We made this trip’s one stop to commune with nature at the Chiricahua National Monument southeast of Tucson.
The monument is known for its towering rock formations, which have been eroded away to the point that they look like they should fall over. Many have been given names like China Boy and the Sea Captain.
A different kind of formation is Cochise Head, which is said to look like the famed Apache chief lying on his back:
The other feature of the monument is Faraway Ranch, so called because “it’s so darned far away from everything.”
The ranch began as a two-room log cabin bought by Emma Peterson in 1886. She hired a carpenter named Niel Erickson to fix it up and ended up marrying him. They expanded it over the years into a cattle ranch and then also a guest ranch. Neil Erickson was the first ranger for the Coronado National Forest.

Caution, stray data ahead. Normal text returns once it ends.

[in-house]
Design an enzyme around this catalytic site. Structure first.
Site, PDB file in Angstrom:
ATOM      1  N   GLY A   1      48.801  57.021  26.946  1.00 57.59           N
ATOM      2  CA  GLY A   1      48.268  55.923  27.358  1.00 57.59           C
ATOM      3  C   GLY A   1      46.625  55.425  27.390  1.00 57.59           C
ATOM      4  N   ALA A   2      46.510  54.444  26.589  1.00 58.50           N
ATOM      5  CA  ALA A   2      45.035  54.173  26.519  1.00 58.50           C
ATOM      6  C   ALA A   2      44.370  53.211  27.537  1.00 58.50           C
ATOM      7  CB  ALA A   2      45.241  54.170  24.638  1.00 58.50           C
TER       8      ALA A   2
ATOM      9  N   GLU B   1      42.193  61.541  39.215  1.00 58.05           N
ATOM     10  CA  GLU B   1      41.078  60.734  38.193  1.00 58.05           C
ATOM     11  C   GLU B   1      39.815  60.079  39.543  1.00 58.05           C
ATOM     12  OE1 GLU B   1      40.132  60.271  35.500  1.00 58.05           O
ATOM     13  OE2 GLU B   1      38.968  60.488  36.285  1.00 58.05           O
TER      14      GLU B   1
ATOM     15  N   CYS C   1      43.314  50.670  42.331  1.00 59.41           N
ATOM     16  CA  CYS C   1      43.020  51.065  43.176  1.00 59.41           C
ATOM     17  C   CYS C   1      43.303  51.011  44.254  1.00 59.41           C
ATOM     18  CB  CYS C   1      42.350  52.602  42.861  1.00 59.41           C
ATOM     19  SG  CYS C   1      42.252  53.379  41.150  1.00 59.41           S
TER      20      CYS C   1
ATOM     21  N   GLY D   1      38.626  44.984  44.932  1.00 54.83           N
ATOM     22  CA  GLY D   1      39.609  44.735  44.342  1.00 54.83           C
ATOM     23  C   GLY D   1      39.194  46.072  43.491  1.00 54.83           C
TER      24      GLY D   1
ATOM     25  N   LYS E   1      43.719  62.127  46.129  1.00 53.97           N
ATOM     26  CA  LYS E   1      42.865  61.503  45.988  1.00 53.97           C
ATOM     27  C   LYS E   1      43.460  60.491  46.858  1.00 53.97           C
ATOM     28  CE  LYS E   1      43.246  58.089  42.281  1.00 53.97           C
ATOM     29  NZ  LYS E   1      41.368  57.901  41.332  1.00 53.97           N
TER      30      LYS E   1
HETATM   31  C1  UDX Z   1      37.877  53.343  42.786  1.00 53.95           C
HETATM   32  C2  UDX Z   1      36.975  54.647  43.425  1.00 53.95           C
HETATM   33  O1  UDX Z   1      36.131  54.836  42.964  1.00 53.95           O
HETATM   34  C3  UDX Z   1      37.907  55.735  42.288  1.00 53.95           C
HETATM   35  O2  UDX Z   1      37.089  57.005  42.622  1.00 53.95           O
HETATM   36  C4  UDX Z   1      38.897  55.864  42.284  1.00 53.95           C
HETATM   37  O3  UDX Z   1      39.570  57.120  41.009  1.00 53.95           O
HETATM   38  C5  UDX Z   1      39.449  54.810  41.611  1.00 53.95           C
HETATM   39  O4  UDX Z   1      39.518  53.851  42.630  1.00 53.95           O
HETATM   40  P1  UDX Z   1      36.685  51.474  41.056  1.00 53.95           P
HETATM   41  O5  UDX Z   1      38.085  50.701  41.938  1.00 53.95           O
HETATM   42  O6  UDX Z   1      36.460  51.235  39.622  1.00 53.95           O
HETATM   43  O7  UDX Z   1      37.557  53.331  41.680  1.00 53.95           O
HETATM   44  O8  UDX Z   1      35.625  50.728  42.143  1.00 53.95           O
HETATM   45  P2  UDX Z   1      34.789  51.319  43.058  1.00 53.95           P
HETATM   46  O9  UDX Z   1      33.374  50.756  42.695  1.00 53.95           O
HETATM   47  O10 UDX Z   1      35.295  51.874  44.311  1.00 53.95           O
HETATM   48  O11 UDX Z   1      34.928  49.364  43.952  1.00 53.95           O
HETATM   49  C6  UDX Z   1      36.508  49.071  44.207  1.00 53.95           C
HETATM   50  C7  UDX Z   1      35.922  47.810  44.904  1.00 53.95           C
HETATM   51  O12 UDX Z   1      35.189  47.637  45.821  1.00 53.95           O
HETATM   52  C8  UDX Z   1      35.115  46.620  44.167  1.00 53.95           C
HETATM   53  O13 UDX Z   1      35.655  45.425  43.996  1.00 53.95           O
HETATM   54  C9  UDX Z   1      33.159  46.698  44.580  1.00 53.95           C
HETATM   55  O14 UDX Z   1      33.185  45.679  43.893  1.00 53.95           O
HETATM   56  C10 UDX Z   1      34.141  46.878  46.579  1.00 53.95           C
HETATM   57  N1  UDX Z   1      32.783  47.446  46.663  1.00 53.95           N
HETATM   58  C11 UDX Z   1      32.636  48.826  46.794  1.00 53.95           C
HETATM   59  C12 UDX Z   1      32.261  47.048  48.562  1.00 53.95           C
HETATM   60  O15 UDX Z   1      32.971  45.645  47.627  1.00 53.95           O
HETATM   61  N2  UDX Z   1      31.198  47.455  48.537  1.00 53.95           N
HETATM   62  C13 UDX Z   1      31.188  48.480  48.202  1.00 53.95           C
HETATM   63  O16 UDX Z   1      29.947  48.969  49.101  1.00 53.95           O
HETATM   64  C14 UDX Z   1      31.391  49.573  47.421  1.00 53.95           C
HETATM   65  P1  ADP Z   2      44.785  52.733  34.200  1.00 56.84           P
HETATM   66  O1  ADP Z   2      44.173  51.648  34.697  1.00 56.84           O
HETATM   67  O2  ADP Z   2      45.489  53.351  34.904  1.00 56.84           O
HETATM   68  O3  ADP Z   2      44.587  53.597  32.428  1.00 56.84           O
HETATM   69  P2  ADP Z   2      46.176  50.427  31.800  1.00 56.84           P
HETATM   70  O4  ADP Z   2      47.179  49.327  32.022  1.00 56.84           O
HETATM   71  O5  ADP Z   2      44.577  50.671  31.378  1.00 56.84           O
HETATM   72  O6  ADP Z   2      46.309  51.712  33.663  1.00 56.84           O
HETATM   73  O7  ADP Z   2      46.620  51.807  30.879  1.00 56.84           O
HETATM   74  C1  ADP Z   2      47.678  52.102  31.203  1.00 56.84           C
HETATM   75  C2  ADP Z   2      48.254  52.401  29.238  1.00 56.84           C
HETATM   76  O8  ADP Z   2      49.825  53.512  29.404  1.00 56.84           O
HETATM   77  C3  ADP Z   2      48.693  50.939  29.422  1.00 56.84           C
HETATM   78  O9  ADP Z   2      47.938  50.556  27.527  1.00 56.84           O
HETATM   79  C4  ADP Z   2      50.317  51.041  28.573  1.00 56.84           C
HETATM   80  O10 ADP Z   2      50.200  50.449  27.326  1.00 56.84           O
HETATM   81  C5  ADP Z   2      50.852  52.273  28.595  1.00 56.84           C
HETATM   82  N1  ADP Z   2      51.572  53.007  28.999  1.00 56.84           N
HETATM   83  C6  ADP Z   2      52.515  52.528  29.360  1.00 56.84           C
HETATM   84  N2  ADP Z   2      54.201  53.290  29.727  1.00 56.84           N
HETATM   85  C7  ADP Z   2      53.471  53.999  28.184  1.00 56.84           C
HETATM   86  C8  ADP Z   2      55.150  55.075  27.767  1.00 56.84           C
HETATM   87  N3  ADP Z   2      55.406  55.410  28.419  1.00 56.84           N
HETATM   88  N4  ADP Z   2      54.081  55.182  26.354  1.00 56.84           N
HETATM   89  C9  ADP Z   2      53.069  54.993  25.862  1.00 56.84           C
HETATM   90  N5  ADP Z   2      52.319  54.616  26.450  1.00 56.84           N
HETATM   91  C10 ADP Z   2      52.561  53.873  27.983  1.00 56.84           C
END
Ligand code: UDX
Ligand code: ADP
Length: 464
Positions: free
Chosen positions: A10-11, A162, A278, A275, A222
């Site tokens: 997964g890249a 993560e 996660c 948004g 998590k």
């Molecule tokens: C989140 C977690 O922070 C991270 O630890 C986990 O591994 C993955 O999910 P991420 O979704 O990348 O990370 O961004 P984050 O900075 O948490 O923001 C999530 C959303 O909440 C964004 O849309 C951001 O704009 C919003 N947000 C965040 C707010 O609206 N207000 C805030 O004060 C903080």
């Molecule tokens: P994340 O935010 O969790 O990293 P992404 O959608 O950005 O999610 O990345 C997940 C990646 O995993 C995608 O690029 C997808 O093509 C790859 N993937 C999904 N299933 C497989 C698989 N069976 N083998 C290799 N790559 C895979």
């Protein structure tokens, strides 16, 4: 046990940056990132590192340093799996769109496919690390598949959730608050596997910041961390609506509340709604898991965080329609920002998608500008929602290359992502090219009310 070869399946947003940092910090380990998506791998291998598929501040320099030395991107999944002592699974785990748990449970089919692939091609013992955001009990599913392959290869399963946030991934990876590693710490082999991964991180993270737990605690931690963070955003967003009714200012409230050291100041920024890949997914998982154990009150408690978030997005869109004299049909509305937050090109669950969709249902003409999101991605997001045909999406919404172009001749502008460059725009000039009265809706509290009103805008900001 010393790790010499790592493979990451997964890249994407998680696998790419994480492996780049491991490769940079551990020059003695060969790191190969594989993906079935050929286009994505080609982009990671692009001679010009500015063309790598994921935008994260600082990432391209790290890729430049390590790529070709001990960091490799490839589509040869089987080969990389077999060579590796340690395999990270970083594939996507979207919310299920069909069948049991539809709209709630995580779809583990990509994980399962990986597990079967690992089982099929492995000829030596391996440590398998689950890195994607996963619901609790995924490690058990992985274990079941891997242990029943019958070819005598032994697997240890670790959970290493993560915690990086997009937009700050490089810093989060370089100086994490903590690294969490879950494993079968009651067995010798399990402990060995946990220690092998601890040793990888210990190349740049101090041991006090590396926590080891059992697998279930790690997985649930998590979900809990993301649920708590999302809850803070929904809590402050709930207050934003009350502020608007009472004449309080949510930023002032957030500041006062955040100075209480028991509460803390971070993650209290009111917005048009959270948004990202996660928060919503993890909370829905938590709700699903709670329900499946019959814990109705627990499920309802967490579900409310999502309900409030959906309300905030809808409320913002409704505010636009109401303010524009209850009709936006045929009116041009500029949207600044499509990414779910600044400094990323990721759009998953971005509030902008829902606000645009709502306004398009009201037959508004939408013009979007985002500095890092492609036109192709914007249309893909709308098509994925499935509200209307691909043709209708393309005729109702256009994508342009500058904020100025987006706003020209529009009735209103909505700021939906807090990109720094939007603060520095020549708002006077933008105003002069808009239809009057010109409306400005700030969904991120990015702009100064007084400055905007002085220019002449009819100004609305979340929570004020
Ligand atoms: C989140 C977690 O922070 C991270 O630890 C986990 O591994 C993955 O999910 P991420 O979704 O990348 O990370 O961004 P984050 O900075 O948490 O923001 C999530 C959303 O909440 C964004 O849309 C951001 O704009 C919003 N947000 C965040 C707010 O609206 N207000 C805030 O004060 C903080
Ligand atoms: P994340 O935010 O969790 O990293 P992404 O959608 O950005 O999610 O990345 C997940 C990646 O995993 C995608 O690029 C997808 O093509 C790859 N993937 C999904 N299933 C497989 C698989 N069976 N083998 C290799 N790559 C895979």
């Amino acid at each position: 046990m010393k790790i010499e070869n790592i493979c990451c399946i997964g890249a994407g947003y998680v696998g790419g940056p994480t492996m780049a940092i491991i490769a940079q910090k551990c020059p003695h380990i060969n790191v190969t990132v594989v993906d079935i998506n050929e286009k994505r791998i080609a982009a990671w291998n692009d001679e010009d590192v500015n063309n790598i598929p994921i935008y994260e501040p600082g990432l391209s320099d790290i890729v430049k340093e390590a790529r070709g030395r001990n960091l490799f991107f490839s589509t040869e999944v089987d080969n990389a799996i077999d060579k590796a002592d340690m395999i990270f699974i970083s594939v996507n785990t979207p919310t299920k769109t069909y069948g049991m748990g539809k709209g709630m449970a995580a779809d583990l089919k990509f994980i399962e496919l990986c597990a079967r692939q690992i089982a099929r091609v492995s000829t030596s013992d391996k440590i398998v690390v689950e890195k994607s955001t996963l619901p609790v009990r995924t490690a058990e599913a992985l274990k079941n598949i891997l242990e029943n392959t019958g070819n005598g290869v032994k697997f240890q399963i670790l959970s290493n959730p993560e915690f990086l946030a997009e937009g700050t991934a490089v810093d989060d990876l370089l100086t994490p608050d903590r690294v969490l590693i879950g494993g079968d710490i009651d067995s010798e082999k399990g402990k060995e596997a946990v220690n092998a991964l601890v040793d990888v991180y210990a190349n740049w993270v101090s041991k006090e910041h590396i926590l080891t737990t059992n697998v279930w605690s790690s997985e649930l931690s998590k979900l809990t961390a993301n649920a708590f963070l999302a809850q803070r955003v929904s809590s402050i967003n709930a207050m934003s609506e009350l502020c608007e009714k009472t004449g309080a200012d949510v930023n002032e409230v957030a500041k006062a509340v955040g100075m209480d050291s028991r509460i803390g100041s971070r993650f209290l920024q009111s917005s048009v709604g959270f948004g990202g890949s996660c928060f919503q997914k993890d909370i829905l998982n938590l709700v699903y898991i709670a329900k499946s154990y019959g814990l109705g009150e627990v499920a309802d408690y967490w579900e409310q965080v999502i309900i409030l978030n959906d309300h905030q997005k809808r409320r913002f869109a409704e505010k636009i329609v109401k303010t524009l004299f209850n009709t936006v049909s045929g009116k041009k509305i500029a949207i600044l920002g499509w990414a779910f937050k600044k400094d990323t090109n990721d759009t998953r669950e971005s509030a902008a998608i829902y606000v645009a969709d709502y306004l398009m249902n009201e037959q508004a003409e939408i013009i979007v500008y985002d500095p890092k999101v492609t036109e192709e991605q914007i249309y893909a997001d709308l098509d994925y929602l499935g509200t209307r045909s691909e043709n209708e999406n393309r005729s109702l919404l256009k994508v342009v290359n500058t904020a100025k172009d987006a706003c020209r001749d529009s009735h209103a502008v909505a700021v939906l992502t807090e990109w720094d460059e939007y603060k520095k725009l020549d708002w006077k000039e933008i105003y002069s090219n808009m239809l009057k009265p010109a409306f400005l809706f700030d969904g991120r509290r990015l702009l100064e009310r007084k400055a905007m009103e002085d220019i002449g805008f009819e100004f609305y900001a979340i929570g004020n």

After the Ericksons died, their daughter Lillian continued to run the ranch into her 90s even though she ended up deaf and blind.
When the National Park Service took possession of the ranch in the 1970s, it received not only the buildings but also the contents of the house: furniture, dishes, books, papers, and so on. It makes for a fascinating tour.
After a night camped on the Colorado River, we are now in California, headed for some visits with family and then north toward home.
One thought on “Chiricahua National Monument: far away among the rocks”
That looks like a pretty damned interesting place to be when the weather is right.